Govt says ‘men in black’ case not linked to reconciliation
THE GOVERNMENT urged people not to connect the sentence of two “men in black” on Tuesday to its current effort towards reconciliation.
Maj-General Sansern Kaew-kamnerd said yesterday that the issues were not the same and wrongdoers must go through the normal legal process, while reconciliation looks forward to the country’s future.
Two of five “men in black” were sentenced by the Criminal Court on Tuesday to 10 years in jail each for possessing and carrying in public weapons without a permit, ammunition and explosive devices while they mingled with red-shirt demonstrators at a protest on April 10, 2010 at Khok Wua intersetion and on Tanao Road and Prachathipatai Road.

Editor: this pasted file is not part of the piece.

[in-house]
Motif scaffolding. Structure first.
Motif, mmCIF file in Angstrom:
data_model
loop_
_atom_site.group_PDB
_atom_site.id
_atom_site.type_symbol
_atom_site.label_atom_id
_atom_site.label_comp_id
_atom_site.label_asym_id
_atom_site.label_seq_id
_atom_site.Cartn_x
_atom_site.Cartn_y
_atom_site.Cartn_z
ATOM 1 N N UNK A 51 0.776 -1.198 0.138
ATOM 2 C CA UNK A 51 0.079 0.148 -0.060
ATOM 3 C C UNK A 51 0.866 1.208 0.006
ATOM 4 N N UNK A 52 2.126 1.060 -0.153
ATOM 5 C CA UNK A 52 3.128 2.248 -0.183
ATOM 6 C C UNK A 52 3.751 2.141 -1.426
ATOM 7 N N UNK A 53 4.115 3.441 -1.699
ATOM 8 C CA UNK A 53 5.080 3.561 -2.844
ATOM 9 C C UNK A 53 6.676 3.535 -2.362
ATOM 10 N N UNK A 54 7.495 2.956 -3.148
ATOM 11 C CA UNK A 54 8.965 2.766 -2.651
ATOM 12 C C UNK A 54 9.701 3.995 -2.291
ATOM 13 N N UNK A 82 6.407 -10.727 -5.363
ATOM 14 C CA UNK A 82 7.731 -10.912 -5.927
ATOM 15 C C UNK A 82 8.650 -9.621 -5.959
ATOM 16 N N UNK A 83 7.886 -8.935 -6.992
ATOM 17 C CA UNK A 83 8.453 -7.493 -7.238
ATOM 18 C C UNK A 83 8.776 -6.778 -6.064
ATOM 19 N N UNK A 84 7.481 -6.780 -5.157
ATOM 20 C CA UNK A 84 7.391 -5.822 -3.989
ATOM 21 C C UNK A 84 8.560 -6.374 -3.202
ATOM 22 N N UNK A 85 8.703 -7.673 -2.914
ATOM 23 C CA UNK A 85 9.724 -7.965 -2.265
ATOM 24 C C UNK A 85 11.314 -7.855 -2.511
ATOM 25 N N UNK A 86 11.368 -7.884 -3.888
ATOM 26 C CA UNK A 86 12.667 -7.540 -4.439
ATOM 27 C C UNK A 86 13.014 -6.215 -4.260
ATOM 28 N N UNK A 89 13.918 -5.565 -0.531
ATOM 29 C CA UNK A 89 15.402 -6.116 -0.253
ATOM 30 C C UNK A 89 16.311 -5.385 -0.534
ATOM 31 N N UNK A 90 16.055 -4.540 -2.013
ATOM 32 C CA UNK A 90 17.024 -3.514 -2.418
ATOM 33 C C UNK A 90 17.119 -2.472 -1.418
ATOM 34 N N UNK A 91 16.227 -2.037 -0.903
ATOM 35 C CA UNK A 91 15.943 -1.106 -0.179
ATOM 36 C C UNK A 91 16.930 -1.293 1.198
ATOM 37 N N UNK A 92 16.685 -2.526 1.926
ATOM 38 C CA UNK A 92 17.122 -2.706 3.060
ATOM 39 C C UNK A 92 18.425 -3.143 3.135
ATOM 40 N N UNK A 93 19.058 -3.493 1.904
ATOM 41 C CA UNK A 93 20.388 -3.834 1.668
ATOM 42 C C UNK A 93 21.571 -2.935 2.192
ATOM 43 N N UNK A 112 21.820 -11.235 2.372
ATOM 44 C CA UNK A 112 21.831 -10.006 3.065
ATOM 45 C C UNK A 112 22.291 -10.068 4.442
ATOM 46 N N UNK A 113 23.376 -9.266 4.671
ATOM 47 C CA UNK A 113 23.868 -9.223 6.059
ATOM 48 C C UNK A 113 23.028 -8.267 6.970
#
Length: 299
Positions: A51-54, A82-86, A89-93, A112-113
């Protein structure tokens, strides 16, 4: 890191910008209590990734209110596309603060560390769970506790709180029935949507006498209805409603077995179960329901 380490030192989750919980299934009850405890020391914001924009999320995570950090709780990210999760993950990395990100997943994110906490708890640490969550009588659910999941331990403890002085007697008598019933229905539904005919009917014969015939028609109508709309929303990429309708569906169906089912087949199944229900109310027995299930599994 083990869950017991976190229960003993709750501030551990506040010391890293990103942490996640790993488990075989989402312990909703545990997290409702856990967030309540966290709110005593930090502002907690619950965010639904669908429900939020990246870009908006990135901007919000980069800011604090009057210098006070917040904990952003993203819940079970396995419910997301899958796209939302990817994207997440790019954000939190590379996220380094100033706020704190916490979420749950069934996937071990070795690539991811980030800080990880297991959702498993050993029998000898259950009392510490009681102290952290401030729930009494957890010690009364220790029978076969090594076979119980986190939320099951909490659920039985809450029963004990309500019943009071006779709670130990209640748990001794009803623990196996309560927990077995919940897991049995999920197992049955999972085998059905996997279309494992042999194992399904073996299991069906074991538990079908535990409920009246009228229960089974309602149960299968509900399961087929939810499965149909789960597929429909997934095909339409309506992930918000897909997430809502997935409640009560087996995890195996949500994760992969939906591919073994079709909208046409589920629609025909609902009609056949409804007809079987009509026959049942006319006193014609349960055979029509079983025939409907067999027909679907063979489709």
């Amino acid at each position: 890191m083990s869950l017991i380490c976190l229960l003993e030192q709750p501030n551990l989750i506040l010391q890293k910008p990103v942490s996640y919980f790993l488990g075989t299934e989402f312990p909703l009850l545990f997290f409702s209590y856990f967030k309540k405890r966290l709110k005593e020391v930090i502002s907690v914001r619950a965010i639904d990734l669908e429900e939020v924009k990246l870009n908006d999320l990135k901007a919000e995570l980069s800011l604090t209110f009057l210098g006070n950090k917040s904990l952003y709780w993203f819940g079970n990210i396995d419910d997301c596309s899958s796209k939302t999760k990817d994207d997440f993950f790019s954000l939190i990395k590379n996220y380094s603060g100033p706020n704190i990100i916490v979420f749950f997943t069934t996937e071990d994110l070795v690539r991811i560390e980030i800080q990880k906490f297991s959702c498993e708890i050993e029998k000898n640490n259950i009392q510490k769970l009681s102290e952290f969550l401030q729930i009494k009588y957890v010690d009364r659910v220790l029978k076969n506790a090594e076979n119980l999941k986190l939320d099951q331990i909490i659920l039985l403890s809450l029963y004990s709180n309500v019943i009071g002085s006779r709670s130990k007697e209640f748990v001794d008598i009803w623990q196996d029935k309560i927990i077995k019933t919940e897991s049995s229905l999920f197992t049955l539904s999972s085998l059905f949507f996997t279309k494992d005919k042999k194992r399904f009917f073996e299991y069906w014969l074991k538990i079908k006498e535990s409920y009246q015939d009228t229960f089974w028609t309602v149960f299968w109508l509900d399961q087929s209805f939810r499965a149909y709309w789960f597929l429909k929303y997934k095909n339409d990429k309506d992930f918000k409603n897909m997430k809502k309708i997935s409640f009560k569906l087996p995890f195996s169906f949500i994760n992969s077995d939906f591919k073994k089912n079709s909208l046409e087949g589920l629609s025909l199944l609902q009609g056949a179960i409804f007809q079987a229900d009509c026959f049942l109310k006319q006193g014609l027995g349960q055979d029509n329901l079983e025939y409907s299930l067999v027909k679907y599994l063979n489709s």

Sansern claimed that the court’s verdict countered a claim by some political groups that the military officers fired on each other and proved that the “men in black” had committed wrongdoing.
He also claimed that the verdict confirmed that the demonstration was not peaceful. Sansern said the defendants have the right to appeal following normal procedures.
Sporadict clashes broke out between the military and red-shirt protesters during the demonstration.
Red-shirt protesters were rallying against the Abhisit government at the time. The clash resulted in a number of casualties and deaths of military officers, protesters and one foreign journalist.
The “men in black” were accused of being part of the violence, and the court sentenced two of them, who were identified by the black woven hoods they wore.
Some witnesses including the military, police and protestors close to the defendants confirmed they were in the area with weapons.
The other three were released due to insufficient evidence.